AS POLITICIANS hailed yesterday's roading announcement, members of local iwi said they were disappointed questions regarding Maori land designated for a major highway project had still not been answered.
Transport Minister Simon Bridges was in Rotorua yesterday to announce a $24 million roading package for the upgrading of Te Ngae Rd, but left the door open regarding what the Government would do with land designated in 1964 for a major highway known as the Rotorua Eastern Arterial (REA).
According to a statement released by Mr Bridges, the intended route for the REA was designated as a state highway in 1963, meaning there was an official intention from the Government to build a road along the route.
The purpose of the designation was to ensure landowners were aware of the intention and potential for a road to be built.
Lifting the designation would provide certainty to local landowners that a road would not be built there in future, "but the Government wants to be certain that the REA is not required before lifting it, because once it is lifted the land will be able to be used for other things thereby making it difficult to repurpose as a state highway in the future".
"For some time the REA was seen as the long-term solution but investigations have recommended upgrading State Highway 30/Te Ngae Rd to support growth and improve Rotorua's congestion issues," Mr Bridges said.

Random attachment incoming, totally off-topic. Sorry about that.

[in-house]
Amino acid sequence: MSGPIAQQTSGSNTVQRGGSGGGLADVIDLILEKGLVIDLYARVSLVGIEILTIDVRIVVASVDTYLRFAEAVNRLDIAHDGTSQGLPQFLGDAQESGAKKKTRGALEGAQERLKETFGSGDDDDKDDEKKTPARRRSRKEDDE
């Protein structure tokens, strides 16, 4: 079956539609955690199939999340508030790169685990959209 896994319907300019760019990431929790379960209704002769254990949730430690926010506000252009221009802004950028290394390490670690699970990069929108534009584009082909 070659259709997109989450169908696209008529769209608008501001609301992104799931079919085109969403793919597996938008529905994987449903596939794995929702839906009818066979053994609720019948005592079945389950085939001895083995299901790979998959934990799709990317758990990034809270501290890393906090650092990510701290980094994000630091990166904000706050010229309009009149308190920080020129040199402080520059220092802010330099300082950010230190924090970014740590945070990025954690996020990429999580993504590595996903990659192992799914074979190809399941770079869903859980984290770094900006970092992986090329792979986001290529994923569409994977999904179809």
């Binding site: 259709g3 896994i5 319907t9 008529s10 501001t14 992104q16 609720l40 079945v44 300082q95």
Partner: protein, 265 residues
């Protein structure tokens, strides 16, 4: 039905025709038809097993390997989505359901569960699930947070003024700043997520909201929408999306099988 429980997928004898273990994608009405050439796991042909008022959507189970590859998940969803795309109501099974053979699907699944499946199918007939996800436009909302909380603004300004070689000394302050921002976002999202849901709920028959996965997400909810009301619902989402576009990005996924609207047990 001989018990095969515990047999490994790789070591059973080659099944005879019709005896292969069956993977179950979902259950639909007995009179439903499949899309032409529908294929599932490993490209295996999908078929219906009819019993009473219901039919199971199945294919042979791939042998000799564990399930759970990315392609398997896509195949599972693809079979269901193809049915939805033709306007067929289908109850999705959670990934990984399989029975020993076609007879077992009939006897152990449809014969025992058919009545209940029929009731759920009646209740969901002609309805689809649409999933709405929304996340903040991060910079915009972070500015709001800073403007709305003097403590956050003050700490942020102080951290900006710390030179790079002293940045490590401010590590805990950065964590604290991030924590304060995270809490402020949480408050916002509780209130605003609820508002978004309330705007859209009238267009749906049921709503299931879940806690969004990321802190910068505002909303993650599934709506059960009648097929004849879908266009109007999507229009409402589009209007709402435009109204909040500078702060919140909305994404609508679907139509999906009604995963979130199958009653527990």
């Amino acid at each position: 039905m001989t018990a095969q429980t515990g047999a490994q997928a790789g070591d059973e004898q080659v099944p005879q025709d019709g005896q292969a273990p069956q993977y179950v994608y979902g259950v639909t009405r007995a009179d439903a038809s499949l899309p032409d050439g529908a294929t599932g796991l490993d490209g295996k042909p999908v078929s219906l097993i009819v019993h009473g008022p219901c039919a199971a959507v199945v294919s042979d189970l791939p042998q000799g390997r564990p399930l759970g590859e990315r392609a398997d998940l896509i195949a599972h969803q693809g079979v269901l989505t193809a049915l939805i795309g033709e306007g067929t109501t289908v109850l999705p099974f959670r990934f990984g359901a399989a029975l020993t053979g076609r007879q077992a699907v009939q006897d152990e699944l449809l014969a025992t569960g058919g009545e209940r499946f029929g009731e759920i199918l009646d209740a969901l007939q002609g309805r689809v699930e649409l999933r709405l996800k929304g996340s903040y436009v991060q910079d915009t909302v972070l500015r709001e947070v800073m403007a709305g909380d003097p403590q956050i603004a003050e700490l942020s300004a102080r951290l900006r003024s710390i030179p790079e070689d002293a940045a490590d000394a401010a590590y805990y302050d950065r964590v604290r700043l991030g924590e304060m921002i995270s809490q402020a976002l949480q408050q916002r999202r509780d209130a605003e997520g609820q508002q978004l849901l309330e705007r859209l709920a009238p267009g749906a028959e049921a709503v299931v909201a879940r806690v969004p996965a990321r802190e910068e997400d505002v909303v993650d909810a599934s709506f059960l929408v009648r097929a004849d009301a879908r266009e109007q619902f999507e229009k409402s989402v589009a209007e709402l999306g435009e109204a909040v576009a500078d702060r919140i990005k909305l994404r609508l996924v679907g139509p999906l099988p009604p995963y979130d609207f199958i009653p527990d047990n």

"Nevertheless, the Government has asked the NZTA to take a further look into options for Rotorua's long-term transport network and report back before any final decision is made on whether to lift the designation for the REA."
Three iwi have land held under the designation - Hurunga te Rangi, Te Roro o te Rangi and Ngati Uenukukopako.
Hurunga te Rangi spokesman Michael Staite said he thought yesterday would be a day for celebration. "We knew an announcement was coming ... but it didn't extend to what we thought it was going to.
"We actually thought we would be celebrating today with the lifting of the designation, but no such luck.
"With the REA still on the table, we'll be making a lot of noise now," he said.
Te Roro o te Rangi spokesman Matt Heke said he was happy the Government was spending money to upgrade Te Ngae Rd, but the designation hindered iwi aspirations for its land.
"We were part of the discussion, just it didn't follow through to where we thought, so a bit disappointed at the end of the day.
"Nothing much has changed and we are still fighting that same battle to have it removed.
"Until we see it gone that's when we will know we have been successful."
Rotorua mayor Steve Chadwick said she would go into bat for local iwi to have the designation overturned and the land returned.
"This historic injustice needs to be addressed for local iwi to allow them an opportunity to manage and develop that land.
"If this package of investment announced by the Minister leads to that, this is a very important principle decision for us as a council," she said.
"There is no long-term need for that road for the next 20-50 years."